This fall, CNN will exhume the rotting corpse of its Crossfire program originally killed by Jon Stewart. Three weeks ago, the network offered Piers Morgan's viewers a sneak peak of Crossfire's new four-person panel with Newt Gingrich--a man who believes marriage is an institution between one man and three women in rapid, overlapping succession--blasting the Supreme Court for its rulings on Prop 8 and DOMA. On Monday, CNN brought Gingrich and Crossfire co-host Van Jones together to discuss the verdict in the George Zimmerman trial. This time, the same Newt Gingrich who blamed Susan Smith's 1994 murders of her two young sons on Democrats and Lyndon Johnson's Great Society called those marching in memory of Zimmerman's victim Trayvon Martin a "lynch mob."

Gingrich had this to say about this weekend's acquittal of Zimmerman, a verdict which spawned peaceful marches and rallies in New York, Chicago, San Francisco and Los Angeles.

"The fact is, six women sat on a jury for five solid weeks. I watched these protesters, none of whom read the transcript, none of whom sat through five weeks of the trial, all of whom were prepared basically to be a lynch mob."
Gingrich, of course, has long trafficked in racially inflammatory language. Long before today's monstrosity or his 2007 assertion that Spanish is "the language of living in a ghetto" or his 2010 slander of Shirley Sherrod's "viciously racist attitude," soon-to-be House Speaker Gingrich took center stage in the Susan Smith case.

Back in 1994, after dumping his cancer-stricken first wife but before marrying his mistress following the adulterous affair that ended his second marriage, Newt pointed the finger at Democrats for the Susan Smith affair. It was Smith who drew Americans' initial sympathy - and subsequent scorn - for her invention of a black bogeyman to conceal her heinous crime.

On October 24th, 1994, as the New York Times recalled, Smith killed her young sons, killings for which she was eventually sentenced to life in prison:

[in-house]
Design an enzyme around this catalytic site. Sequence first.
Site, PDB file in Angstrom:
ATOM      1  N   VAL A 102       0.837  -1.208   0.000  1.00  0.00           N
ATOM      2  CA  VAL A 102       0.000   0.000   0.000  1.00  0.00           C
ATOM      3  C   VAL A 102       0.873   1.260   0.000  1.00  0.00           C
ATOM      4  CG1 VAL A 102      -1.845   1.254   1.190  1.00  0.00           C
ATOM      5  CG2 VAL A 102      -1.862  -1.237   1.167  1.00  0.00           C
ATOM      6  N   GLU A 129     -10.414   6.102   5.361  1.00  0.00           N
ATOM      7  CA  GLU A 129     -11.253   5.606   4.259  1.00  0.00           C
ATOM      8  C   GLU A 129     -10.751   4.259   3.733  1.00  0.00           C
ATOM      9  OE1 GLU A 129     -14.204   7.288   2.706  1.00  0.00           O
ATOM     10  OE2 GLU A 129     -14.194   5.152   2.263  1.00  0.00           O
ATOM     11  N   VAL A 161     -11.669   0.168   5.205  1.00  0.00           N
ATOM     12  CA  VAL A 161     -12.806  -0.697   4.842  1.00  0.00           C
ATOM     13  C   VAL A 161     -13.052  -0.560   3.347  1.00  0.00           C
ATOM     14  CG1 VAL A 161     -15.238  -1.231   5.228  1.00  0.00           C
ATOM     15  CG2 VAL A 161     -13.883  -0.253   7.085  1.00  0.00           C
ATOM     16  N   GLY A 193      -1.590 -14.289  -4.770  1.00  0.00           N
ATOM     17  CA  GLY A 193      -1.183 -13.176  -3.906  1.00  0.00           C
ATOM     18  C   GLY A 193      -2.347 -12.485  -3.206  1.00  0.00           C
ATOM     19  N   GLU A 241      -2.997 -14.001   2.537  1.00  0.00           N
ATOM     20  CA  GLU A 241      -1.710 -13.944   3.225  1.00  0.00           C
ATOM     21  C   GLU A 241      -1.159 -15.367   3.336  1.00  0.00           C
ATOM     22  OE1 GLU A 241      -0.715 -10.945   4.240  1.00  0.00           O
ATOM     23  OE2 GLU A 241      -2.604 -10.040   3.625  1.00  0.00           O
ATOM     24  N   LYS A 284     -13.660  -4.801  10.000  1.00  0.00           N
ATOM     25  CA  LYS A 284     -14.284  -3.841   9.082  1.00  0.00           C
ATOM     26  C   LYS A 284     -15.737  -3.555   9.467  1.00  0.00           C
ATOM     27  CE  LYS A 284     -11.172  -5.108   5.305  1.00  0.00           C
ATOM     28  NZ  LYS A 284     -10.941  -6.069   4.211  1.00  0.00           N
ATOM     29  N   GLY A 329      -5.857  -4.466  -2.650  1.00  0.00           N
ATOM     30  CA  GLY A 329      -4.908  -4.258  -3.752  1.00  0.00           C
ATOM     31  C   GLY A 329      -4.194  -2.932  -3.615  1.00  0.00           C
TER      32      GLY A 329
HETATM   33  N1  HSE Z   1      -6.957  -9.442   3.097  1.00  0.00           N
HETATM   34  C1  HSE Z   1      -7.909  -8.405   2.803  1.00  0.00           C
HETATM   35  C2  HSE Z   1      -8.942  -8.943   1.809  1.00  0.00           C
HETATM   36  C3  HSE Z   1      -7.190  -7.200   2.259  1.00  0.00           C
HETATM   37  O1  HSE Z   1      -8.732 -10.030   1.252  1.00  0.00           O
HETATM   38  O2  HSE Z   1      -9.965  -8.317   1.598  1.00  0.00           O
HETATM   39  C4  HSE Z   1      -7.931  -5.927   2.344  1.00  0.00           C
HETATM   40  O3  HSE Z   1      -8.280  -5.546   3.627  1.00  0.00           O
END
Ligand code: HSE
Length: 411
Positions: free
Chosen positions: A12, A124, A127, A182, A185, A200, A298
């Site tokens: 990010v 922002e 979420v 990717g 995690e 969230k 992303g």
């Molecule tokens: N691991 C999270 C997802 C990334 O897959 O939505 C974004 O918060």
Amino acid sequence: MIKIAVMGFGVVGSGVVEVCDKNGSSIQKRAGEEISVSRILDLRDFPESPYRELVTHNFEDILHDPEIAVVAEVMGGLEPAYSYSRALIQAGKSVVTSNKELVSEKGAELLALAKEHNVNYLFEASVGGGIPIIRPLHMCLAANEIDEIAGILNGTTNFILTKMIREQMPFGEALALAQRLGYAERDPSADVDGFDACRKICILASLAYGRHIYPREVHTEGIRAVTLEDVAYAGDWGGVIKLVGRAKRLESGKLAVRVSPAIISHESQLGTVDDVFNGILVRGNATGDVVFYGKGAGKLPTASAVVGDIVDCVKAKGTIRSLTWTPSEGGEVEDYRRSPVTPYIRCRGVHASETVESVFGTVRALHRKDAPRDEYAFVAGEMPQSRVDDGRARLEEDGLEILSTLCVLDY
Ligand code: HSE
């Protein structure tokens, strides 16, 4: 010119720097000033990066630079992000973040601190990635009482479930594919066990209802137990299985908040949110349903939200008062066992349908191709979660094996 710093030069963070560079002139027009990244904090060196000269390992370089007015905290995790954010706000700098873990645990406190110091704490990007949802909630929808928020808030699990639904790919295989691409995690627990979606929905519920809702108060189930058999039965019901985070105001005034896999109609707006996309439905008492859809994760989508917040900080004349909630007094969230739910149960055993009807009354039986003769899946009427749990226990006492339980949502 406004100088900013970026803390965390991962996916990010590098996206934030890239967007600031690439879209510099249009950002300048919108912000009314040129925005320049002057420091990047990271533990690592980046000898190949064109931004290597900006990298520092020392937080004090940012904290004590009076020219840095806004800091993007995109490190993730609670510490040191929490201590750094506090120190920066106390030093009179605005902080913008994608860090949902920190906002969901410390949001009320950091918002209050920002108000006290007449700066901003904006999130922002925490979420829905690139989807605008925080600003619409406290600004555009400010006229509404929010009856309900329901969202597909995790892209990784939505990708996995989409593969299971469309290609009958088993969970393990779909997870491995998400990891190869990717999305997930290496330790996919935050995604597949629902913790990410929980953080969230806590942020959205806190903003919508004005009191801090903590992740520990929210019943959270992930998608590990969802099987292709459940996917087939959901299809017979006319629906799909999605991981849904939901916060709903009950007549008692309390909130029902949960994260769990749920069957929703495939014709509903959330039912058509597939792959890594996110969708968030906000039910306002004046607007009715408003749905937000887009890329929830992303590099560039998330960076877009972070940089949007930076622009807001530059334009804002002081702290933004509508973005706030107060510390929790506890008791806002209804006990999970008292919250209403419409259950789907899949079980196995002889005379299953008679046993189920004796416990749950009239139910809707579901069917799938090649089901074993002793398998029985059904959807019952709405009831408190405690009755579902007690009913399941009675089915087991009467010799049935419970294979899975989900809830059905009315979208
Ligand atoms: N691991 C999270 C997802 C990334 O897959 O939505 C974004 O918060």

That night, investigators say, Mrs. Smith pulled her car to the edge of a deep lake, stepped out, put the gearshift in drive and let it roll down the boat ramp into the black water. Her two little boys, buckled snugly in their safety seats, died under the lake...

..."I believed her, right up to the end," said Juliaette Kerhulas, of Mrs. Smith's story that a young black man had ordered her out of her burgundy 1990 Mazda on the night of Oct. 25, then driven away with 3-year-old Michael and 14-month-old Alexander in the back seat.

Ms. Kerhulas wasn't the only one who believed in her. None other than future House Speaker Newt Gingrich rushed to the defense of Smith, whose step-father ironically happened to be a prominent Republican fundraiser and member of the Christian Coalition. Even after her confession, Gingrich insisted the Smith murders showed the decay of American society under Democratic Party rule:
Enter Newt Gingrich, who rushed into action on election eve with another reliable generic culprit: society. He said the double murder "vividly reminds every American how sick the society is getting and how much we need to change things," expediently adding that "the only way you get change is to vote Republican."
As Frank Rich recounted in August 1995:
Asked later by Tom Brokaw to elaborate, the Speaker-to-be cited "a direct nexus between the general acceptance of violence" and "the pattern that the counterculture and Lyndon Johnson's Great Society began in the late 60's."
As it turned out, it was Gingrich's serial philandering which made him a one-man counterculture, a human wrecking ball demolishing the institution of marriage the Lutheran-turned-Baptist-turned-Catholic now claims to defend. But during his presidential campaign in 2011, Gingrich attributed his rapid-fire infidelities to his ardent patriotism:
"There's no question at times of my life, partially driven by how passionately I felt about this country, that I worked far too hard and things happened in my life that were not appropriate. And what I can tell you is that when I did things that were wrong, I wasn't trapped in situation ethics, I was doing things that were wrong, and yet, I was doing them."
Jon Stewart was right. Once again, Crossfire is "hurting America."
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